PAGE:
Please don’t go prepper just yet; this will happen about 4 billion years from now, give or take.

Thus, this fact is absolutely no relevant to our lives, maybe not even the life of our own species, yet it does not diminish one bit its… oh well, awesomeness.

If it is true that Tyson feels that does not “…have time for deep, philosophical questions”, I say why of course, it is no wonder, as he is basically an administrator of a distinguished institution (a very good and noble thing), and an entertainer/science popularizer (I have said before that he is a very good one too).

But I really think if you are not willing to set aside even a little space of your mind for BQs, do not call yourself a scientist.

So there.



Credit: departments.columbian.gwu.edu/philosophy/about/questions


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  1. When applied properly philosophy can help properly define a problem. All too often though it is used to complicate a problem to the point of making it unsolvable. I’ve read a lot of philosophy and theology as a layman for 20 years. It helped me see some things differently. But it has not helped me solve a single problem. The big questions it tries to address remain unanswered after thousands of years of asking.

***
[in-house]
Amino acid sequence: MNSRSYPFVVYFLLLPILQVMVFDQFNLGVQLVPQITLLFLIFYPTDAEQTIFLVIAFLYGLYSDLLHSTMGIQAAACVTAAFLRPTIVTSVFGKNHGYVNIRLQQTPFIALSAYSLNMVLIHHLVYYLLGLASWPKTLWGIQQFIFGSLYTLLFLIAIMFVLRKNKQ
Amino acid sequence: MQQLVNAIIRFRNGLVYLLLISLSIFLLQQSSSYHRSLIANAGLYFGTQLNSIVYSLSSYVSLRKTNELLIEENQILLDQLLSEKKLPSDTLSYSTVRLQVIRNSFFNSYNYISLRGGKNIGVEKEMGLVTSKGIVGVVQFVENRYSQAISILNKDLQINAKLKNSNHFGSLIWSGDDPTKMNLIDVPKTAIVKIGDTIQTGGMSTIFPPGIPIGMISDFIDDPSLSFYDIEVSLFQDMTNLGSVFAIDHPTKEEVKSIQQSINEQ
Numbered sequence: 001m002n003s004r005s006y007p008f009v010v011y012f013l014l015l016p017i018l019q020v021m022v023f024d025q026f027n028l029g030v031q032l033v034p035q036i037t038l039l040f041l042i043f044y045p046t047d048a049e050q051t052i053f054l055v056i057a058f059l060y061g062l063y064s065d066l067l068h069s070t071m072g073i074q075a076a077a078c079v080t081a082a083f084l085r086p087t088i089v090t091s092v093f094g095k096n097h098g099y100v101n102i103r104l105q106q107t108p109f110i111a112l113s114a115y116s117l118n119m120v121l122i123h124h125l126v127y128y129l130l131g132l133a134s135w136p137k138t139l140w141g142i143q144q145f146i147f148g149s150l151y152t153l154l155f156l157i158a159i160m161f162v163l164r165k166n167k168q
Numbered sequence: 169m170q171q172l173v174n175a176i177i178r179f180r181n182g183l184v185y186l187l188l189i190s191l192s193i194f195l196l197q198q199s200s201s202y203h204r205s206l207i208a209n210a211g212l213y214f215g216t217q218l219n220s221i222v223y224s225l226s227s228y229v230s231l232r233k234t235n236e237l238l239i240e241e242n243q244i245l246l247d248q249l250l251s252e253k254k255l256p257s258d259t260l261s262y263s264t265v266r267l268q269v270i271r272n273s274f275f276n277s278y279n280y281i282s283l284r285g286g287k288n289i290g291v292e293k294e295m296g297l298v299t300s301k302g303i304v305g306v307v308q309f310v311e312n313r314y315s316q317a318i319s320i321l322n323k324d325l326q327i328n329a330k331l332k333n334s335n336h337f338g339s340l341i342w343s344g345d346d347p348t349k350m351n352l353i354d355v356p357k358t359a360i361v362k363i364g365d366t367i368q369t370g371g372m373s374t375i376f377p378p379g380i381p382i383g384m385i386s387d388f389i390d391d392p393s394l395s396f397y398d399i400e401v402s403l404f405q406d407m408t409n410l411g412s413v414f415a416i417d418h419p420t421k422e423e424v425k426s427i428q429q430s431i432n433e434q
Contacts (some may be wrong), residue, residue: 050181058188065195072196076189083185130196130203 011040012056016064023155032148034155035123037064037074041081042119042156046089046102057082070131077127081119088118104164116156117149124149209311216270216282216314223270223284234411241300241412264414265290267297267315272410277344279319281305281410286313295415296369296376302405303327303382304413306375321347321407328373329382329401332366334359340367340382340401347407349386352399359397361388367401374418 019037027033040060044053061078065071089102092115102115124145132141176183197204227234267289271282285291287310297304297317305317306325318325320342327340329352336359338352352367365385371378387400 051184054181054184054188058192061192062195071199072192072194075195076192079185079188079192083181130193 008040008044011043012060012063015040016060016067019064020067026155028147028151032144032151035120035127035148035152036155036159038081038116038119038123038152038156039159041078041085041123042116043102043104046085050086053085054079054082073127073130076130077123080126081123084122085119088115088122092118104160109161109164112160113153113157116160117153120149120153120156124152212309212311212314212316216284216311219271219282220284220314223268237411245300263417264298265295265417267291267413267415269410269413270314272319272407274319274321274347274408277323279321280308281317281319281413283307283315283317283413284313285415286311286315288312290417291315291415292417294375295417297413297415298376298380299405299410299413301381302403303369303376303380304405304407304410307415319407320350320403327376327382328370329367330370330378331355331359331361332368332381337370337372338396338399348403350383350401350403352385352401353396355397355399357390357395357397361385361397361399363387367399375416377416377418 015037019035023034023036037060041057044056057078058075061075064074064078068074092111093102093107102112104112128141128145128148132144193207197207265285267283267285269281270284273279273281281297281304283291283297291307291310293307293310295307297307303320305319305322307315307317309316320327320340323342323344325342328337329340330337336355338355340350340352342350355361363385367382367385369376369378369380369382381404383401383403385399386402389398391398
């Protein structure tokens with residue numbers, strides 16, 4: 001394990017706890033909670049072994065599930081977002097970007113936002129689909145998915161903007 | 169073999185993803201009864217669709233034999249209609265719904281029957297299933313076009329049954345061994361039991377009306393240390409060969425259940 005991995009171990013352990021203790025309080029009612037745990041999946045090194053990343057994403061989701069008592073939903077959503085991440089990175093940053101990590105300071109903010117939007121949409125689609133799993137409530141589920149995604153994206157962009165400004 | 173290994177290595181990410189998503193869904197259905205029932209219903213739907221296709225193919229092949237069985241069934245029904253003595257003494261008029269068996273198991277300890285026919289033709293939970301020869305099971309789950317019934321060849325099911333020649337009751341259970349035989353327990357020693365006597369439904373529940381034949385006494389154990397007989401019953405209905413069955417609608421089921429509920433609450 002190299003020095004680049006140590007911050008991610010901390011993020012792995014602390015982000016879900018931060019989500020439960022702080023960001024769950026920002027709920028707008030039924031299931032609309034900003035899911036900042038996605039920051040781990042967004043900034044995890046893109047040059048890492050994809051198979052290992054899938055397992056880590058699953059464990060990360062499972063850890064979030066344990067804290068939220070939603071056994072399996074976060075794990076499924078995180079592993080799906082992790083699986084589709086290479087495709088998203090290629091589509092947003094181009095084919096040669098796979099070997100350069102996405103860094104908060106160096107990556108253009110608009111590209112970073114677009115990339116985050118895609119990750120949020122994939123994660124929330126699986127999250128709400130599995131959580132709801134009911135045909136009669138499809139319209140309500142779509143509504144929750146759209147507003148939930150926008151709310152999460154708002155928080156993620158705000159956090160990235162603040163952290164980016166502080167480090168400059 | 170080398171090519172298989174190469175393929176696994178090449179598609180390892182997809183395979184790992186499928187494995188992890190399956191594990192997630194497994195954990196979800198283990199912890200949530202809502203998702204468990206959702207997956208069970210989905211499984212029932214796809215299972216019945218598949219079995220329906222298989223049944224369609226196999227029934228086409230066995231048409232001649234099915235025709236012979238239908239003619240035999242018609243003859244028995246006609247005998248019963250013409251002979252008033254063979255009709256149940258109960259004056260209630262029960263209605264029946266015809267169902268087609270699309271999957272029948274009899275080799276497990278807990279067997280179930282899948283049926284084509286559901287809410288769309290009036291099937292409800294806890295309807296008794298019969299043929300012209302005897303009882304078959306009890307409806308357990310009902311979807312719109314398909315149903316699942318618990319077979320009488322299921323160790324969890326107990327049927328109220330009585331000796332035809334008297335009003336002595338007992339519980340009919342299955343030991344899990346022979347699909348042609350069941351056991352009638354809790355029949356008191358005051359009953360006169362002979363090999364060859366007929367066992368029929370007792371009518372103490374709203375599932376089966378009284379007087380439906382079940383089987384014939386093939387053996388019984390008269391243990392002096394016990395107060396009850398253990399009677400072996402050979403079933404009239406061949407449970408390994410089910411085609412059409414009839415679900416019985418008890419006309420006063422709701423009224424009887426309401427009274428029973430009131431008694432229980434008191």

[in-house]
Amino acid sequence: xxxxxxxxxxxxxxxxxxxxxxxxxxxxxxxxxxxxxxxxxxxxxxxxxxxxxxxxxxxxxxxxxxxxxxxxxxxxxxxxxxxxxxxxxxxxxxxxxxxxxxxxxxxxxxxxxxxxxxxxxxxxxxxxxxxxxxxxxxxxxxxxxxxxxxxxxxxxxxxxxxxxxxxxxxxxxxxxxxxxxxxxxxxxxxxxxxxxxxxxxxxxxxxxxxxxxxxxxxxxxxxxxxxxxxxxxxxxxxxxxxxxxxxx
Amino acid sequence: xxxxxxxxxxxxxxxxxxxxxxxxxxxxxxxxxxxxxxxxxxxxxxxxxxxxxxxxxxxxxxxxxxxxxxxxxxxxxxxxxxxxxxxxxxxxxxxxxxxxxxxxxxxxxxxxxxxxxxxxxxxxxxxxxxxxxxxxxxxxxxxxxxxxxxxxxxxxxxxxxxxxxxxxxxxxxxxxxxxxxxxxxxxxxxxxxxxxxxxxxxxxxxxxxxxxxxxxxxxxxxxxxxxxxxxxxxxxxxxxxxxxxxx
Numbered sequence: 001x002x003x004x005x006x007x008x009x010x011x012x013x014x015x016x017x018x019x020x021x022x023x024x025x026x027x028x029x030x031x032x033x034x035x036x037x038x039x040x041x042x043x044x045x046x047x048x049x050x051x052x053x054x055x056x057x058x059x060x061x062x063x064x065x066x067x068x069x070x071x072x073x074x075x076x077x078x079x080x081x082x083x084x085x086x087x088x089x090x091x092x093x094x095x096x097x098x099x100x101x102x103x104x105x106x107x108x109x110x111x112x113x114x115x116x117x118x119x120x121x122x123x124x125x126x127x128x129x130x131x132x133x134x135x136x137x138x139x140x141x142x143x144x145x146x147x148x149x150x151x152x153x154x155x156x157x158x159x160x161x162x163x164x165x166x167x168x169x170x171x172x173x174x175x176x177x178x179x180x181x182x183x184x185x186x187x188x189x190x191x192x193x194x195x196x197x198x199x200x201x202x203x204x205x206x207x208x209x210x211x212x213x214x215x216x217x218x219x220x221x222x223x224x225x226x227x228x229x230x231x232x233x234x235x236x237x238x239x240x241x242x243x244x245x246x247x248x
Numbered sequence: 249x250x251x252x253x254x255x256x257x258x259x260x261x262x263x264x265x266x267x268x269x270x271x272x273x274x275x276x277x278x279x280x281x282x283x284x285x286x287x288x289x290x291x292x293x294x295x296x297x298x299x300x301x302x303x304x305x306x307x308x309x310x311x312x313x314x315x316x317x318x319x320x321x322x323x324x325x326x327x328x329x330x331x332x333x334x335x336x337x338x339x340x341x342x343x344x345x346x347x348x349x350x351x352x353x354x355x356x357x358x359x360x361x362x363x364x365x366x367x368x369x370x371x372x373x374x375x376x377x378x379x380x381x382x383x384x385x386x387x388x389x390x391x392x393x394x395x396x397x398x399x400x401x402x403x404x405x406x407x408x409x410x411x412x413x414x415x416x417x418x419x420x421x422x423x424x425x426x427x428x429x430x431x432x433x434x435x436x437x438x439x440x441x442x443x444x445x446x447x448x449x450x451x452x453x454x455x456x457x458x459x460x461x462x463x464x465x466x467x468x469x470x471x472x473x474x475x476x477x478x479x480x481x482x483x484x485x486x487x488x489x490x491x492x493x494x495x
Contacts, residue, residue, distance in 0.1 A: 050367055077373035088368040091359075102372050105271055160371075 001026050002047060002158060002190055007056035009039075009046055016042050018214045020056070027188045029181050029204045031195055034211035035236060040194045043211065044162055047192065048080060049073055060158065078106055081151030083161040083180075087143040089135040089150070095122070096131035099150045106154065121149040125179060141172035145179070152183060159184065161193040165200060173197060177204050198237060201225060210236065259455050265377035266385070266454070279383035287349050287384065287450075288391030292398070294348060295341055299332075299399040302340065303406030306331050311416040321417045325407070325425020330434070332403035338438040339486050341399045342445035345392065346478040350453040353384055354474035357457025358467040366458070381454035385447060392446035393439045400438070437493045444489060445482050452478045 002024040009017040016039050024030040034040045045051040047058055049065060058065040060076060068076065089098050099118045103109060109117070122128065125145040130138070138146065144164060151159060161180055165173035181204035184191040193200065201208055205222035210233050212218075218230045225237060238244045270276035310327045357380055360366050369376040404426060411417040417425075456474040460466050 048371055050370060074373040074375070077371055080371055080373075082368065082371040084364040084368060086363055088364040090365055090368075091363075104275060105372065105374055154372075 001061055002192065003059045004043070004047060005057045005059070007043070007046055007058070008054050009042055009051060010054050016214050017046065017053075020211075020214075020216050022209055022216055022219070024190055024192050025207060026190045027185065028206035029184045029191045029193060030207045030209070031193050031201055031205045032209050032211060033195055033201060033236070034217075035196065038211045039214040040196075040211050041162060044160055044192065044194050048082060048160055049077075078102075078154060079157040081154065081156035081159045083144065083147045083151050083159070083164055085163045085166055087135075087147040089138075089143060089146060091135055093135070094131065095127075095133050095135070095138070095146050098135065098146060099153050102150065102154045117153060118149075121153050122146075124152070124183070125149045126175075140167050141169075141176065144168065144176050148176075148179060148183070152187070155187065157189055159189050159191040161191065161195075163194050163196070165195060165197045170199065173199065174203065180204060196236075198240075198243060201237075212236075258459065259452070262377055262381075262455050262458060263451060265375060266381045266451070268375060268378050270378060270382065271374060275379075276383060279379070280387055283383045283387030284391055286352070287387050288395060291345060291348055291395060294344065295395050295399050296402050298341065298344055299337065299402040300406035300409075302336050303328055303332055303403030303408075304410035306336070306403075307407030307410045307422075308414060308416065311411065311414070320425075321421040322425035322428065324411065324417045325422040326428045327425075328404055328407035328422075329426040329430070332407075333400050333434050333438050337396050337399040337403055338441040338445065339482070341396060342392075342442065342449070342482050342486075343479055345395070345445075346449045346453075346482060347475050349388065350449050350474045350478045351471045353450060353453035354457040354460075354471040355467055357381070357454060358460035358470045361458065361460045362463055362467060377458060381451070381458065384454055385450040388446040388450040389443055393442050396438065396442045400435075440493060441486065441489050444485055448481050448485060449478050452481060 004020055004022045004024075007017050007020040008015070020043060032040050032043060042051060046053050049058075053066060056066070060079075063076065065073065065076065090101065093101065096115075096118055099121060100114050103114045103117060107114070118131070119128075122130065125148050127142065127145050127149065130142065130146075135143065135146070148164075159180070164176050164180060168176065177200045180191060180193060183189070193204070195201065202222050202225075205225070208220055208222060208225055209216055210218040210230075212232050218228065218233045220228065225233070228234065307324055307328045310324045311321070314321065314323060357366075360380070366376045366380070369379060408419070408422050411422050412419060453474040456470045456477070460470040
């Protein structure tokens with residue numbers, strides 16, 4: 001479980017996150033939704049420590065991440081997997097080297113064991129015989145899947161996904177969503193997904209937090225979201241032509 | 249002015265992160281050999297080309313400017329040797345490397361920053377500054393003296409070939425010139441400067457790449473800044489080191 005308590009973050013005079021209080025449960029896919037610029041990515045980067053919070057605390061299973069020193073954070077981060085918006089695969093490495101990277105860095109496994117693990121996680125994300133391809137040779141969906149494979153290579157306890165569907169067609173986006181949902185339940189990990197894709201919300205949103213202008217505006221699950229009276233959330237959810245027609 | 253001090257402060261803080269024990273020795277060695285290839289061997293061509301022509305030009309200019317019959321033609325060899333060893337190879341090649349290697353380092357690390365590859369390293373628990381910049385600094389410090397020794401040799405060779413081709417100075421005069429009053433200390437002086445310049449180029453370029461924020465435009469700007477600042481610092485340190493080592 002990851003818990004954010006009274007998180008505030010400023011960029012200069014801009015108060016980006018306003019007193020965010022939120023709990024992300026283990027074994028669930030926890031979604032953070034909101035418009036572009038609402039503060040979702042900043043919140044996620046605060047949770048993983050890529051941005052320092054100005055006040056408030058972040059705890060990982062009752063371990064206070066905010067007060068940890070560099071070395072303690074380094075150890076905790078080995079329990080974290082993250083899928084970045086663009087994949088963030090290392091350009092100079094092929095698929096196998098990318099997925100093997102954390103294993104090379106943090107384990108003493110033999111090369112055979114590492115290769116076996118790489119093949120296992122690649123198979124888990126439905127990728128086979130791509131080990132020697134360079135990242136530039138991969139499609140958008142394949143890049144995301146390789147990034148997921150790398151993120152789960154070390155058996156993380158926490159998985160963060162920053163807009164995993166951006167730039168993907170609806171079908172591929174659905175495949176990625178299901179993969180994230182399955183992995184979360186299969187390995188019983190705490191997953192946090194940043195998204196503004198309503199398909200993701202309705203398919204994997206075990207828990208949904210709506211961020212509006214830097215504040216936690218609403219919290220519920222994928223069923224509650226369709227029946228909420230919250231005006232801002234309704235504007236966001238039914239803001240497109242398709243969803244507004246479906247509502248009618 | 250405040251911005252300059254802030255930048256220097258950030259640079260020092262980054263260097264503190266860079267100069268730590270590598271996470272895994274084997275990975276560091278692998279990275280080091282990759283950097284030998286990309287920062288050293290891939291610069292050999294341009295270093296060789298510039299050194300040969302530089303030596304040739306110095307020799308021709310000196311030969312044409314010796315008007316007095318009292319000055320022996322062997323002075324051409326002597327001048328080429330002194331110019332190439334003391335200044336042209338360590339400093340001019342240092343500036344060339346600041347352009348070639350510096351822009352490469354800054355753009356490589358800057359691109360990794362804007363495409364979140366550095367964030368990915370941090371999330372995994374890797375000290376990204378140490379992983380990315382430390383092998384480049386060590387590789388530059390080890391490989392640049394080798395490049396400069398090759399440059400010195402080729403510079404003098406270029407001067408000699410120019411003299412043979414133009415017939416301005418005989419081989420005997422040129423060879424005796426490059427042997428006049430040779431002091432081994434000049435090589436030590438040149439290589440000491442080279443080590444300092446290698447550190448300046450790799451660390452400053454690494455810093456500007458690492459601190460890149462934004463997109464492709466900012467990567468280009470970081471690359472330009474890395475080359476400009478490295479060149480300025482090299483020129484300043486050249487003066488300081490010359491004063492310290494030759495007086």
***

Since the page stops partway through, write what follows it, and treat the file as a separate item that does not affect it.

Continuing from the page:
I certainly wouldn’t want to be grouped with Tyson who I think is a complete ass wipe. But I do think philosophers should own up to the fact that they are generally just spinning their wheels .

  2. (just my opinion) To the best of my knowledge, astrophysicists and astronomers become interested in the BQs for some simple reasons. One of them is that the study of astronomy is said to be a humbling experience. Most of the observations and measurements that astronomers make are confirmed over long (very long) periods of time. Funding for projects is almost non-existent in some cases. It is a definite character-building experience. Perhaps it is ‘the gift that astronomers bestow upon a curious public’ to ponder the big questions without a lot of philosophical training. In my opinion, many don’t come off sounding as if their answers to the BQs are overly wrought or contrived. They have that connection to the ‘average joe’ because the nature of their work.

    (Pardon if I have gone on and spoke more than I should have.)

  3. I believe this lack of interest in thinking about these philosophical questions is a symptom of the decline of the scholar and the rise of the hyper-focused technician.

  4. I’m sure that most people with even tiny bit of curiosity do give at least brief thought to all or most of these question, and Tyson is not an exception. We probably all have opinions on all these questions already. But wouldn’t he, as a scientist. leave the deep pondering on the questions that are outside the area of his interest and expertise to those who are better qualified to ponder them?

    1. Sorry for taking this long to answer… The thing is that he is no mere thinker, he is a VERY high profile thinker who stated for all intent and purposes the he does not have time to think about arguably important questions. To try to appear “hip” or “cool” is a disservice to true scientific endeavor…